This post isn’t about gardens or bodums. It’s about thinking and mindset.
Last July (~15 months ago) I had an interaction in my house’s laundry room, where I moved something on a shelf, which knocked off a bodum (aka french coffee press) which fell to the ground and shattered. I mentioned this to Jean (the likely purchaser/user of the bodum) that it had broken. But… the shelf was in a corner, with a chest freezer making it even more secluded, so the broken glass wasn’t a threat to anyone. So I decided I’d clean it up later.
Of course, as we know, later never comes.
So when it came time in August to leave for a four-month internship at Twitter in San Francisco, it still wasn’t done. I swore to Jean “I need to finish packing, but I’ll do it tomorrow morning before I go.” Not too surprisingly, I was packing basically all night. So morning came and I was running around and she said to me in my stress and frenzy, “Don’t worry; I’ll clean it up.” I was hugely relieved because I had felt an obligation to clean it.
Interlude: Malcolm in San Francisco / Berkeley, then home for Christmas
When I returned to the house in January of this year, I went downstairs to do laundry, and glanced in the corner. Lo and behold, a broken bodum remained. “Huh,” I thought.
Over the course of the following 8 months of living at the house, I often thought, “Oh yeah, I’ll clean it up” but I never did. Until tonight. Why? Why so long, and then why now? I’m not sure, but I have a few ideas. First, let’s go to Stone Age South America. Not so much to learn something from them, but to unlearn something. Specifically, work.
A young writer, Jean Liedloff (hereafter referred to by her last name; not the Jean I know personally who appears in many of my stories) traveled from the US to South America on what was originally a diamond-hunting trip, then ended up living with a few local families for several years. In her book, The Continuum Concept, she tells several stories to illustrate how fundamentally different the locals’ understanding of concepts like work and play. (Spoiler alert: they basically don’t see a difference between them.)
Another hint about human nature and work came later.
Two Indian families lived in a hut overlooking a magnificent white beach, a lagoon in a wide crescent of rocks, the Caroni and Arepuchi Falls beyond. One paterfamilias was called Pepe, the other, Cesar. It was Pepe who told the story.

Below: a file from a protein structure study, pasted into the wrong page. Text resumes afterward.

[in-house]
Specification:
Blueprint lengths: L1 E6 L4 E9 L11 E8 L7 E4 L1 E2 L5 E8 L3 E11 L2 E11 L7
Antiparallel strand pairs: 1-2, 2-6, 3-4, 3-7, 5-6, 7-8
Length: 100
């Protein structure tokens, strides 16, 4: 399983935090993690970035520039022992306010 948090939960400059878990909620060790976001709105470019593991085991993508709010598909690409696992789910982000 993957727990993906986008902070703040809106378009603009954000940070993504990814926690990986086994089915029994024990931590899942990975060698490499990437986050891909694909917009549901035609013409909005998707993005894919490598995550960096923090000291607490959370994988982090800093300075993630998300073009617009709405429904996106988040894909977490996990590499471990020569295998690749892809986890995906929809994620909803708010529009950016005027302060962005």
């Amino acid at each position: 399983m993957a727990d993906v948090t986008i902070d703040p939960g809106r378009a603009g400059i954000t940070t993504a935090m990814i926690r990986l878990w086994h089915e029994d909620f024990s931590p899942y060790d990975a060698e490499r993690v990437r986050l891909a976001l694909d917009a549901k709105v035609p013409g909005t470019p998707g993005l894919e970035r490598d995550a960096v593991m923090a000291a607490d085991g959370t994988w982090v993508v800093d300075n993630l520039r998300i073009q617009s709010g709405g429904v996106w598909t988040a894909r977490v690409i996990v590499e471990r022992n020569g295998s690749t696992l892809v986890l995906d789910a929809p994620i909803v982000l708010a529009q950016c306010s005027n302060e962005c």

It seems that Cesar had been ‘adopted’ by Venezuelans when very young and had gone to live with them in a small town. He was sent to school, learned to read and write and was reared as a Venezuelan. When he was grown, he came, like many of the men of those Guianese towns, to the Upper Caroni to try his luck at diamond hunting. He was working with a group of Venezuelans when he was recognized by Mundo, chief of the Tauripans at Guayparu.
‘Were you not taken to live with Jose Grande?’ Mundo asked.
‘I was brought up by Jose Grande,’ said Cesar, according to the story.
‘Then you have come back to your own people. You are a Tauripan,’ said Mundo.
Whereupon Cesar, after a great deal of thought, decided that he would be better off living as an Indian than as a Venezuelan and came to Arepuchi where Pepe lived.
For five years Cesar lived with Pepe’s family, marrying a pretty Tauripan woman and becoming the father of a little girl. As Cesar did not like to work, he and his wife and daughter ate the food grown in Pepe’s plantation. Cesar was delighted to find that Pepe did not expect him to clear a garden of his own or even help with the work in his. Pepe enjoyed working and since Cesar did not, the arrangement suited everyone.
Cesar’s wife liked joining the other women and girls in cutting and preparing the cassava to eat, but all Cesar liked was hunting tapir and occasionally other game. After a couple of years he developed a taste for fishing and added his catches to those of Pepe and his two sons, who always liked to fish and who had supplied his family as generously as their own.
Just before we arrived, Cesar decided to clear a garden of his own, and Pepe had helped with every detail, from choosing the site to felling and burning the trees. Pepe enjoyed it all the more because he and his friend talked and joked the whole time.
Cesar, after five years’ assurance, felt that no one was pushing him into the project and was as free to enjoy working as Pepe, or any other Indian.
Everyone at Arepuchi was glad, Pepe told us, because Cesar had been growing discontented and irritable. ‘He wanted to make a garden of his own,’ Pepe laughed, ‘but he didn’t know it himself!’ Pepe thought it hilarious that anyone should not know that he wanted to work.”